> if not tighter than lugged frames.Watching a skilled tig welder is
> amazing. Besides using both hands, they get to use a foot too.
fwiw - i am tig lover, not its anti-christ.
i don't wear a watch, and i don't care who cooks my meals or how!
so this isn't (for me) an issue about if one method is better than another.
as a bicycle maker, ibelieve that design and construction trumps all,
and that material is over-rated. and i'd rather have a nice cannondale
or C-50 than many of the so-called artisan made frames that are
so-called lovingly built with lugs. lugs constitute a joining process,
and their inclusion validates nothing atmo. but when used by a
skilled builder, they can still grab my attention.
> All my bikes are lugged, and I built about half of them myself.
> I couldn't think of a good answer, so I gave a bad one. In truth,
> I have no idea why we still "need" lugs, or why anyone still uses
> them at all. I think they're nice. I like the way my bikes ride, but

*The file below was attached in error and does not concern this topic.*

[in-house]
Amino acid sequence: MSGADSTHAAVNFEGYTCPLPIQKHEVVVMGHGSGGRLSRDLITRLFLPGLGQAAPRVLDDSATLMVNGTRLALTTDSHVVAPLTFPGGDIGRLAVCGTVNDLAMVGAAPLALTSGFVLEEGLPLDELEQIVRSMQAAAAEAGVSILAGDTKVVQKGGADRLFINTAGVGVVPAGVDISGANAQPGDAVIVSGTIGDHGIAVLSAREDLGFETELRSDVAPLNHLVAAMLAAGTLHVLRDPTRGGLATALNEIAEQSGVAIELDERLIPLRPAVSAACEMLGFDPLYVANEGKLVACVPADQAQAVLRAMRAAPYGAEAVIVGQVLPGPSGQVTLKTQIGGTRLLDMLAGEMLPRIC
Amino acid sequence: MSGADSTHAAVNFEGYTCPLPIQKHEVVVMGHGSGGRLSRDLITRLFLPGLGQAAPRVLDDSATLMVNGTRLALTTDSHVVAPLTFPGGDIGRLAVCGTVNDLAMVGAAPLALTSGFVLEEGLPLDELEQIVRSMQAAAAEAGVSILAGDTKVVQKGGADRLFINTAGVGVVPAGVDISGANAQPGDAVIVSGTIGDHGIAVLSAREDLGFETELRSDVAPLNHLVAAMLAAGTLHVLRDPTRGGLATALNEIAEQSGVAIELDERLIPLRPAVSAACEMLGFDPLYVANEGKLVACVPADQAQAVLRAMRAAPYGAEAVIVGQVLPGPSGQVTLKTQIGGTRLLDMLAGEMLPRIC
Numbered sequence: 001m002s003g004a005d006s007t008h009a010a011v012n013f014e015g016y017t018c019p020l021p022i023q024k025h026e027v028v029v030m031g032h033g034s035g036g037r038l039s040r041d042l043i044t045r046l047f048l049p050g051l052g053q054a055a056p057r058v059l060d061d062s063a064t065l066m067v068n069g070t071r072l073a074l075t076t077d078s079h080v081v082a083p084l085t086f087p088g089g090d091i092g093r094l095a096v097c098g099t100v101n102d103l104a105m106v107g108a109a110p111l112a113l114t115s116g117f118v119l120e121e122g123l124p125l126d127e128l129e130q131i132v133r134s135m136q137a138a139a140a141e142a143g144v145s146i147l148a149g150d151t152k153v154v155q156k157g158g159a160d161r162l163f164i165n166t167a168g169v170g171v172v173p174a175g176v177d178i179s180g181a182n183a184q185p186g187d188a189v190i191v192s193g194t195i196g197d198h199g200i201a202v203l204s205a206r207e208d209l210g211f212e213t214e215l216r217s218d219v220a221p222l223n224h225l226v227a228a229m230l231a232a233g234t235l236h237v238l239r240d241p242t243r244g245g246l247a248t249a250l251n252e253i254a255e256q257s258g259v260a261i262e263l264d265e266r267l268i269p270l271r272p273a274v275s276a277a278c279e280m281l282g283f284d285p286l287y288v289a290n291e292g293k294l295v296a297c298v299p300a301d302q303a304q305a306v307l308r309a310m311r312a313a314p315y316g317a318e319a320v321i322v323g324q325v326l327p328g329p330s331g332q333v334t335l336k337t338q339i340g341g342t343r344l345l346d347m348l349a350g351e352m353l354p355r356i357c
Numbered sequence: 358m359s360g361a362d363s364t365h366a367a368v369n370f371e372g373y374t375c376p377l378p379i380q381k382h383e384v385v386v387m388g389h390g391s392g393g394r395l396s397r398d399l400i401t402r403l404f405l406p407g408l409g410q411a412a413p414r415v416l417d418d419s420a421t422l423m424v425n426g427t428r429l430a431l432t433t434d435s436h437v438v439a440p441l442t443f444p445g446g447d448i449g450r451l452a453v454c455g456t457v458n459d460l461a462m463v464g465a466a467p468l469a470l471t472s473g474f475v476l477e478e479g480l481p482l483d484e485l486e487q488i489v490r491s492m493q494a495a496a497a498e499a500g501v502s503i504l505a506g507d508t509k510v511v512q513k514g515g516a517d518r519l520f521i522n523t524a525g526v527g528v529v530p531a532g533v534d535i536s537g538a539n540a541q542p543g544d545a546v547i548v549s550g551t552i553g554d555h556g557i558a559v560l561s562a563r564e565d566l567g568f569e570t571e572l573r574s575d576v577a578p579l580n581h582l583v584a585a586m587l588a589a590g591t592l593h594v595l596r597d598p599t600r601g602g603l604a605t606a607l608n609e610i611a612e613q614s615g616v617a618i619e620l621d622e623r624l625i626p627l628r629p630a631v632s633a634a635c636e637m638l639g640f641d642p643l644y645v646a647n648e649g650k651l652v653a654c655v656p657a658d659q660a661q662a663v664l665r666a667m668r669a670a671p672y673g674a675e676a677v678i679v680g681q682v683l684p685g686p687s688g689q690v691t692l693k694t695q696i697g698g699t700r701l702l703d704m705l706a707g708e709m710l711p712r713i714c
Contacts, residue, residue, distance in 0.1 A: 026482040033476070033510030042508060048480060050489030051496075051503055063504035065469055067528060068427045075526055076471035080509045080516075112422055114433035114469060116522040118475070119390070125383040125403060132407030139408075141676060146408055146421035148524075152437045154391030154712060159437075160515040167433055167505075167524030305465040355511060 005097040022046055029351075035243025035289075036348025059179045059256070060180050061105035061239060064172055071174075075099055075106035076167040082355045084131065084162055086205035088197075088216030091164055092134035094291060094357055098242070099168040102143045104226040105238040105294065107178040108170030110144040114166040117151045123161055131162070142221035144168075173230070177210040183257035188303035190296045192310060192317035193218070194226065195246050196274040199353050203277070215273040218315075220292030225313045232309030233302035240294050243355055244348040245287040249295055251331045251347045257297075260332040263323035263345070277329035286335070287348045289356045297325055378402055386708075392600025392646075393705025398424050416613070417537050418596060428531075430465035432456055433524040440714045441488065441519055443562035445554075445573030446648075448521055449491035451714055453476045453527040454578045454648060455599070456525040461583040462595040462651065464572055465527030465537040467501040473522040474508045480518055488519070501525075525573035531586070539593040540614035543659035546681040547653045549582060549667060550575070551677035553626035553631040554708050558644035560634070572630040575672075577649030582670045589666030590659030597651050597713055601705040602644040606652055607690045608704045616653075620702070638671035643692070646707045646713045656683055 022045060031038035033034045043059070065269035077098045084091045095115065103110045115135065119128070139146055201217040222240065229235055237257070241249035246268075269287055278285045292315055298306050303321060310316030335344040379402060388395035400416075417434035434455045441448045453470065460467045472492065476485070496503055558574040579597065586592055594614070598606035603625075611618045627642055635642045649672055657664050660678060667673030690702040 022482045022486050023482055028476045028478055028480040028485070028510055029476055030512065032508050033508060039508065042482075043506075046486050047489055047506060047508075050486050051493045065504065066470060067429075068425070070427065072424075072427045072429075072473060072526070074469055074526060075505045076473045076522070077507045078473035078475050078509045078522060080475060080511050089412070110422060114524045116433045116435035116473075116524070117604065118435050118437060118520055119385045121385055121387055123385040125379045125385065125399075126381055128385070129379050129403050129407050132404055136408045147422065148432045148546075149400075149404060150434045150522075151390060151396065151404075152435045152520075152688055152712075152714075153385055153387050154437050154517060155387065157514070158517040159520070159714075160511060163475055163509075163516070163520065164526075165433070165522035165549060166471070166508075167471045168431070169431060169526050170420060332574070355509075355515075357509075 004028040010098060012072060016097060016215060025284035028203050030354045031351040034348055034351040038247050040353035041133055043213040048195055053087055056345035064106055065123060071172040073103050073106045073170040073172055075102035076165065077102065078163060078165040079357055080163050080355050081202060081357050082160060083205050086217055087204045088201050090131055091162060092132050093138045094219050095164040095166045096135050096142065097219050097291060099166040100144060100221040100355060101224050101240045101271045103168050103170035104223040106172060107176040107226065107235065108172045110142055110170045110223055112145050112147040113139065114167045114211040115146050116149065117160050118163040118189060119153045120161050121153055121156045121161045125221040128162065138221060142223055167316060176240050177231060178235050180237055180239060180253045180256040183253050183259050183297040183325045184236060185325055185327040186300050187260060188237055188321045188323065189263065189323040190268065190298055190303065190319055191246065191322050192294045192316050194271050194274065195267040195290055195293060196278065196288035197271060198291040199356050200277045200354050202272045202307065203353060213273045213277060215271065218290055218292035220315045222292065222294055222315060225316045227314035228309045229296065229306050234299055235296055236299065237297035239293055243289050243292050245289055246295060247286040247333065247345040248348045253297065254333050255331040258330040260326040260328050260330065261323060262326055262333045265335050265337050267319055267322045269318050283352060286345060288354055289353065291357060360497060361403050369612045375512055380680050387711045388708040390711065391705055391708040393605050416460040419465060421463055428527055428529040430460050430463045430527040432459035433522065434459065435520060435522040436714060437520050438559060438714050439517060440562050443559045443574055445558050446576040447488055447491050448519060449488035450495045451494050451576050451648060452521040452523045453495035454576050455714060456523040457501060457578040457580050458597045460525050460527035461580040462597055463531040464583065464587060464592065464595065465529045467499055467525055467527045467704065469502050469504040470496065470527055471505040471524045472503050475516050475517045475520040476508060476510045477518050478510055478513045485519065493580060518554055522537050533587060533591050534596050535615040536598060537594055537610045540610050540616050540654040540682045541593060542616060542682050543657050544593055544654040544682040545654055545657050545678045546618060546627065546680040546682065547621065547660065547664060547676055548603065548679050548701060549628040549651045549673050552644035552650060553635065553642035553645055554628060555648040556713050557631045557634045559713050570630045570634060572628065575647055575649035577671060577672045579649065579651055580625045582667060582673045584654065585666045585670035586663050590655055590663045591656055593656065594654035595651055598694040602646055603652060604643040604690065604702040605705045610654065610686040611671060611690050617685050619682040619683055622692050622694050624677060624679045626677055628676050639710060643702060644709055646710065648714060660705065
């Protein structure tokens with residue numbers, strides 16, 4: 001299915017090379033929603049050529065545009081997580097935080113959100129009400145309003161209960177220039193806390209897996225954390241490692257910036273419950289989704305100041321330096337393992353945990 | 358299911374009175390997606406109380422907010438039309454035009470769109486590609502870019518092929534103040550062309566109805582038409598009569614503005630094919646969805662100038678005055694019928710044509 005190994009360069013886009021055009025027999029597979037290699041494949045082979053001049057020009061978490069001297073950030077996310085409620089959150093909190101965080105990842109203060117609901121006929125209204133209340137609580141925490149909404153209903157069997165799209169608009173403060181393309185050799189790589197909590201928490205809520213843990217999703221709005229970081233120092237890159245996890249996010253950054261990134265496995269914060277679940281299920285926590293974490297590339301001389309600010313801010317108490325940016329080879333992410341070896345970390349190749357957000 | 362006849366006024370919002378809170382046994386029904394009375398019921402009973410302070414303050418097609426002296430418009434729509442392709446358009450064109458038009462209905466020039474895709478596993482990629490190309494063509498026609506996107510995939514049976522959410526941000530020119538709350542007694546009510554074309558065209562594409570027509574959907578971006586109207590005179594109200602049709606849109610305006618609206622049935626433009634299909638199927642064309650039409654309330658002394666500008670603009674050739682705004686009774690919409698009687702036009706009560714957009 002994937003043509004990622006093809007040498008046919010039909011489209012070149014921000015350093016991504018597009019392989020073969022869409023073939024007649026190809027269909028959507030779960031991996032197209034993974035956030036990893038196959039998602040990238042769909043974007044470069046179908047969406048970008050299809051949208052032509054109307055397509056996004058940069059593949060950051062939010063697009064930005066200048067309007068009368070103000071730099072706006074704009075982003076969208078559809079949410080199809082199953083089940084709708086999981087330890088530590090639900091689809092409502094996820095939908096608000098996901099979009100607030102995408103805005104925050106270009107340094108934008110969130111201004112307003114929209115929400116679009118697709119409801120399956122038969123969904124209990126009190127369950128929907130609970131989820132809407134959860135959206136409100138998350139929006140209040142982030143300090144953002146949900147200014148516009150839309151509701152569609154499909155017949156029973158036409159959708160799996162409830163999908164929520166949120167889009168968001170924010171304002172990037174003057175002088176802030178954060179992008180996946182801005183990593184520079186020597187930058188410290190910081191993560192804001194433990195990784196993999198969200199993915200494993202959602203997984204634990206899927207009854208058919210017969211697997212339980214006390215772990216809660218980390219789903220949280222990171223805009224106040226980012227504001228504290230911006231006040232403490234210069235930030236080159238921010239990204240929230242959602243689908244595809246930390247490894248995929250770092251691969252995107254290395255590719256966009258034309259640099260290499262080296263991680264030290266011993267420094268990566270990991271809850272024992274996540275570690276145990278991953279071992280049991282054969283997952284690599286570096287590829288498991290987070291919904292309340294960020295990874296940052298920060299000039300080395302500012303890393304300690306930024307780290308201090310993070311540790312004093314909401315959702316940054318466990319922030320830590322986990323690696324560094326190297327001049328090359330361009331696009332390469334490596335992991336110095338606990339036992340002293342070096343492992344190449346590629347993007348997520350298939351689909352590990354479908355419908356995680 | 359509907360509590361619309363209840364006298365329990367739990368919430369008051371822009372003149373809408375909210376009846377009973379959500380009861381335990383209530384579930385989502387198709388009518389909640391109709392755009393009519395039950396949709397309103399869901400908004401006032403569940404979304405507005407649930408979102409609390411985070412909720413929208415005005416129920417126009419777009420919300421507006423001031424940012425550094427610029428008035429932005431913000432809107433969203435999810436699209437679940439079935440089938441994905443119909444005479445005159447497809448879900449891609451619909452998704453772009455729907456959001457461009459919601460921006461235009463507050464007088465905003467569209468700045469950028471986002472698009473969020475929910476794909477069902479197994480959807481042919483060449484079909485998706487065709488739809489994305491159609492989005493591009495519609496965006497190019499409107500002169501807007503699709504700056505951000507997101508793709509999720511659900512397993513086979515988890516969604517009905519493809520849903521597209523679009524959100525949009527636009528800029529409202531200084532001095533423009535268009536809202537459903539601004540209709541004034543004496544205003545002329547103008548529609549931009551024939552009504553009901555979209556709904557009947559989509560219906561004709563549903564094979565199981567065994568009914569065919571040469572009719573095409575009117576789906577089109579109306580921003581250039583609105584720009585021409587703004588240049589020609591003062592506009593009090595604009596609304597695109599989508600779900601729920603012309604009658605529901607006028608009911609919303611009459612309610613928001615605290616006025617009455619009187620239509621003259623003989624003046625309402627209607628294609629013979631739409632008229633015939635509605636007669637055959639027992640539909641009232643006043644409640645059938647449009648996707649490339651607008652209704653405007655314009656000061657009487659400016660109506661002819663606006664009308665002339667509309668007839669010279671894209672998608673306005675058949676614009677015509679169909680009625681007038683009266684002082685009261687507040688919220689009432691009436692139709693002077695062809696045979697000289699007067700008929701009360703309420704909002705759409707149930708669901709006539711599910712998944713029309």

> I doubt it has all that much to do with the joinery method. I work
> for a shop that does pretty much exclusively TIG'd frames, and
> they all work pretty well, too.
one reason that some use them is simply that some use them.
it's true - they make no difference at all. they are just a visual
when the frame is built. however, for some (me...), it's not
about lugs, it's about brazing. and i know that as a brazer,
i can make a better frame than if i transferred my skills to tig
welding. when a client orders a frame from me, it's not because
i use lugs, or make my own lug designs, or anything closely
related. a client chooses the entire body of work; design,
execution, history, longevity, etc. not to parrot lance, but it
really isn't about the bike at all. it's more likely about the maker.